First Week in Antarctica

After a day spent just offshore from the Falklands taking on fuel for the whole month’s journey we endured the rite of passage now known as the Drake Shake (the Drake Pasage). It’s notorious as one of the roughest crossings on the planet, and on our crossing, gave us Force 9 gales and 6m waves. Sadly, this blew us far enough west off-course to miss the South Shetland Isles. But we discovered a new use for lifejackets – as head padding against the bunk headwall when the ship rolls more than 30deg!

Current position 67deg49min S, 78deg59min W

So our first Zodiac landing was on Neko Harbour, which is Antarctic Peninsula mainland rather than Peninsula Island. And with that, I’ve now
set foot on all 7 continents (if only very briefly in Africa and Northern America!) Neko Harbour is home to Gentoo penguins – all very cute, but low light and distance means I’ve now got serious lens envy of those with 600mm lenses (a surprising number on this boat!). The landscape is pretty good too, and makes a change from trying to pan cape petrels while the ship rocks in the Drake Passage.

Lemaire Channel is fog-bound, so we don’t see much of “Kodak Channel” but Peterman Island is another chance to see Penguins – Adelie and Gentoo, as well as a few Antarctic Blue-eyed Shags. But the highlight of the evening is encountering our first icebergs as we sail towards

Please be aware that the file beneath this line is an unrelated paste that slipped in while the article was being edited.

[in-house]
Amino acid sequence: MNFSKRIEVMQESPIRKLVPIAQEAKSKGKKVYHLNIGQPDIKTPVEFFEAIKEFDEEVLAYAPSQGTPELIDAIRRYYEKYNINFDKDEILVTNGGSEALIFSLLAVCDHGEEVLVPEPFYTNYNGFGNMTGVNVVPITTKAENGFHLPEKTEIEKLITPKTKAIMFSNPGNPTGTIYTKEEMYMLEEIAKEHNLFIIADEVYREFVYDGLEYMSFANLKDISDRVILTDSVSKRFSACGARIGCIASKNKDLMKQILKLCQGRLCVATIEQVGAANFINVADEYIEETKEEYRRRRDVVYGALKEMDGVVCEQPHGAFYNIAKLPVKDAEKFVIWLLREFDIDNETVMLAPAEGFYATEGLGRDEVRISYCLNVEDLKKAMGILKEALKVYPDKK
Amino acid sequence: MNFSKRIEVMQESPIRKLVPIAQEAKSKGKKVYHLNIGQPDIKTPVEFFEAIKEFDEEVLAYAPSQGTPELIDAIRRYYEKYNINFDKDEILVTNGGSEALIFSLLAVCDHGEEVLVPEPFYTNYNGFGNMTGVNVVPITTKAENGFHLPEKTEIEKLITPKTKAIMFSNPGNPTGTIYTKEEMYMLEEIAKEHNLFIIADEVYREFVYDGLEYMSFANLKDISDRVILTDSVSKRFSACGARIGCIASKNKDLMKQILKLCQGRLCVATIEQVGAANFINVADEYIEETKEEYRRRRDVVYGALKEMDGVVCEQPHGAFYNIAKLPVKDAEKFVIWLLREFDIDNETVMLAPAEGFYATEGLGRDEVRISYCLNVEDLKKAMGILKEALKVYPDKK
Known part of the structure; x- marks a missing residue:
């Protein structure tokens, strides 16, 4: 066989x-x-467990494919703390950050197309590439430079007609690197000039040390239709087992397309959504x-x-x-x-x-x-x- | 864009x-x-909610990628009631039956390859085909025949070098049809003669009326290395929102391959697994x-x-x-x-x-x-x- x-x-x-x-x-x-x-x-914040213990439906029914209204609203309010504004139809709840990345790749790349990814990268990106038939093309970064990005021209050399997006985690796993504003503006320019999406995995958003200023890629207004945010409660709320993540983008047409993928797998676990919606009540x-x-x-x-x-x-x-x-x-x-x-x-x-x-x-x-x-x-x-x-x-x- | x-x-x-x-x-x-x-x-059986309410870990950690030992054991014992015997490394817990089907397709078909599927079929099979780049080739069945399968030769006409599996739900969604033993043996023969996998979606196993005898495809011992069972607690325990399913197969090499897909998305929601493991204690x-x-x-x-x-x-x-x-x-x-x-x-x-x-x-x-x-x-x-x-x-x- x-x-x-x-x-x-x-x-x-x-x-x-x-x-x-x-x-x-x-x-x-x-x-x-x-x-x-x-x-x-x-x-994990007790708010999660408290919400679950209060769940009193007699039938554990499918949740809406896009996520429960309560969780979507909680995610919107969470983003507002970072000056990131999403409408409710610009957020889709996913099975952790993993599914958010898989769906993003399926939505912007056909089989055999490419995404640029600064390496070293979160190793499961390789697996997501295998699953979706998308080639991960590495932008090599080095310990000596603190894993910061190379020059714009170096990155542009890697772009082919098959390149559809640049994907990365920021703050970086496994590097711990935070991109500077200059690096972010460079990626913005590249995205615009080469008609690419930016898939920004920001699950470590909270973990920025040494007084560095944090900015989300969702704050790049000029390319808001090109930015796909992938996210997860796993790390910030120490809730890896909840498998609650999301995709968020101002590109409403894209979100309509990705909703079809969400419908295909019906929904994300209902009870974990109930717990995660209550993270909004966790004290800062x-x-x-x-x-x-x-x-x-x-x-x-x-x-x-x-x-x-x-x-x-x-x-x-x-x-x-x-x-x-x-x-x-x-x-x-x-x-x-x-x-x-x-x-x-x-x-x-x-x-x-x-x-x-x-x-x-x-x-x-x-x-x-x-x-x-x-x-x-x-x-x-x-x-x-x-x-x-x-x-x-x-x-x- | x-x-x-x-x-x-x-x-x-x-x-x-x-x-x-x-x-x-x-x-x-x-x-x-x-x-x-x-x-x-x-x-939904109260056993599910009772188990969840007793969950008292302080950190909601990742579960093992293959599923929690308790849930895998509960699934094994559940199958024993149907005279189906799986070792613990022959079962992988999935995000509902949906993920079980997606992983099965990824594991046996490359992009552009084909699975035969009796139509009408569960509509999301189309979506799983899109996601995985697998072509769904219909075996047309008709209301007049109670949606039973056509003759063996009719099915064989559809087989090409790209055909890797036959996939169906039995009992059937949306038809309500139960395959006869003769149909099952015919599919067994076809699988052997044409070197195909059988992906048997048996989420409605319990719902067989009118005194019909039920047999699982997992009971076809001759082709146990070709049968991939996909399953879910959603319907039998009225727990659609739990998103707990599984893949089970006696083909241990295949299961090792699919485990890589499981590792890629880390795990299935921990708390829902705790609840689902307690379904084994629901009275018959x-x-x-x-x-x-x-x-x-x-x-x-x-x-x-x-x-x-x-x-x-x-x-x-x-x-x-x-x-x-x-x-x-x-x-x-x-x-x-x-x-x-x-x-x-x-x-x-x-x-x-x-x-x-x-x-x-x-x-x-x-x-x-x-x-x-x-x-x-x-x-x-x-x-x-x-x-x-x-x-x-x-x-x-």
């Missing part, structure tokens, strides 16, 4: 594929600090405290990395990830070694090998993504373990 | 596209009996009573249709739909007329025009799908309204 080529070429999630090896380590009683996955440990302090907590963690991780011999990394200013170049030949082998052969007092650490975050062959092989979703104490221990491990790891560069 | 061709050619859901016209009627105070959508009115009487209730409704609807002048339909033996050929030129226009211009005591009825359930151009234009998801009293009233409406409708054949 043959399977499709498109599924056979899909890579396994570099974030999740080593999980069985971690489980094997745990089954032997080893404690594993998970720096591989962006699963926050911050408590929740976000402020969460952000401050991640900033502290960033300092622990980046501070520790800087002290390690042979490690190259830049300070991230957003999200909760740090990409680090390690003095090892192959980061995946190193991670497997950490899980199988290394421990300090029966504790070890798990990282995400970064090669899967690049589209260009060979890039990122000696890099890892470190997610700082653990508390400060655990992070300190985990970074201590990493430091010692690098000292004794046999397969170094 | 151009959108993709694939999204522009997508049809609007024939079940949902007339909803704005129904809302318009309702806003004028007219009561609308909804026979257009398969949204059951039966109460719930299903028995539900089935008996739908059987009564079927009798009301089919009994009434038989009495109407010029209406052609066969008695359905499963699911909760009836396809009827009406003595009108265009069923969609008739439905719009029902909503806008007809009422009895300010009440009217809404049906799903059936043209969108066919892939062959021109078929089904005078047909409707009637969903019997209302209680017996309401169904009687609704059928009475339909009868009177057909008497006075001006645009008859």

Marguerite Bay, and cross the Antarctic Circle – at 2218 (ship’s time – currently 4 hours behind GMT)

The following day we get a history lesson on Stonington Island, where the remnants of both UK and USA bases are found, and see a solitary
Weddell Seal basking just offshore on an icefloe. Overnight we begin our crossing of the Bellingshausen Sea, heading out towards Peter 1 Island –
a very remote island some 600nautical miles out to sea. (Although the usual distribution of pack ice means it’s rather nearer the ice/shore-line than the map suggests!) Between midnight and 0200 we encounter our first pack ice, and discover that the ship’s relative instability in stormy open waters is more than compensated for by it’s smooth passage through broken pack ice.

Will we get to set foot on the Norwegian-owned Peter 1 island? I’ve  heard rumours that only 600 people have ever set foot on this island before (as of 2007 – so this may be a little higher now). We’ve already had reports that the sea is 8/10 ice around it, and it is often fogbound. But there’s always a chance… To find out if we do, you’ll have to wait til the next instalment of this log – expected roughly a week from now!